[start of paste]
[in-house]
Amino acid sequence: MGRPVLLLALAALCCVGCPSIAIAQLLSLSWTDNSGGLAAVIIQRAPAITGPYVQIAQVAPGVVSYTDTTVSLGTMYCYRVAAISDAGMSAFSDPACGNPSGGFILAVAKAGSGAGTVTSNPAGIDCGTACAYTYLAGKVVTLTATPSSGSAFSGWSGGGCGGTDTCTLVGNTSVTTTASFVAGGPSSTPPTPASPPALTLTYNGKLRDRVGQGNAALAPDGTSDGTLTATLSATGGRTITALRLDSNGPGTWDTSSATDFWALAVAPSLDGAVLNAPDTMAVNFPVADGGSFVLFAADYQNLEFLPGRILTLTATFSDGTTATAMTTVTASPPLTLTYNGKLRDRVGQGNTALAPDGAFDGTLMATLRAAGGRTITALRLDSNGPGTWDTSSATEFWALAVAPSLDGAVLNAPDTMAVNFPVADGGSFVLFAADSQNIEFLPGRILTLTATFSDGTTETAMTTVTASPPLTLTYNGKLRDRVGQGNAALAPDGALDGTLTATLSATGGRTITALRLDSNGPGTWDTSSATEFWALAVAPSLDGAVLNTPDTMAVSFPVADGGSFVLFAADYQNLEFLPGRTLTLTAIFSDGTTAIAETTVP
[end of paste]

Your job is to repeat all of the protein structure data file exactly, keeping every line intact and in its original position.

[in-house]
Amino acid sequence: MGRPVLLLALAALCCVGCPSIAIAQLLSLSWTDNSGGLAAVIIQRAPAITGPYVQIAQVAPGVVSYTDTTVSLGTMYCYRVAAISDAGMSAFSDPACGNPSGGFILAVAKAGSGAGTVTSNPAGIDCGTACAYTYLAGKVVTLTATPSSGSAFSGWSGGGCGGTDTCTLVGNTSVTTTASFVAGGPSSTPPTPASPPALTLTYNGKLRDRVGQGNAALAPDGTSDGTLTATLSATGGRTITALRLDSNGPGTWDTSSATDFWALAVAPSLDGAVLNAPDTMAVNFPVADGGSFVLFAADYQNLEFLPGRILTLTATFSDGTTATAMTTVTASPPLTLTYNGKLRDRVGQGNTALAPDGAFDGTLMATLRAAGGRTITALRLDSNGPGTWDTSSATEFWALAVAPSLDGAVLNAPDTMAVNFPVADGGSFVLFAADSQNIEFLPGRILTLTATFSDGTTETAMTTVTASPPLTLTYNGKLRDRVGQGNAALAPDGALDGTLTATLSATGGRTITALRLDSNGPGTWDTSSATEFWALAVAPSLDGAVLNTPDTMAVSFPVADGGSFVLFAADYQNLEFLPGRTLTLTAIFSDGTTAIAETTVP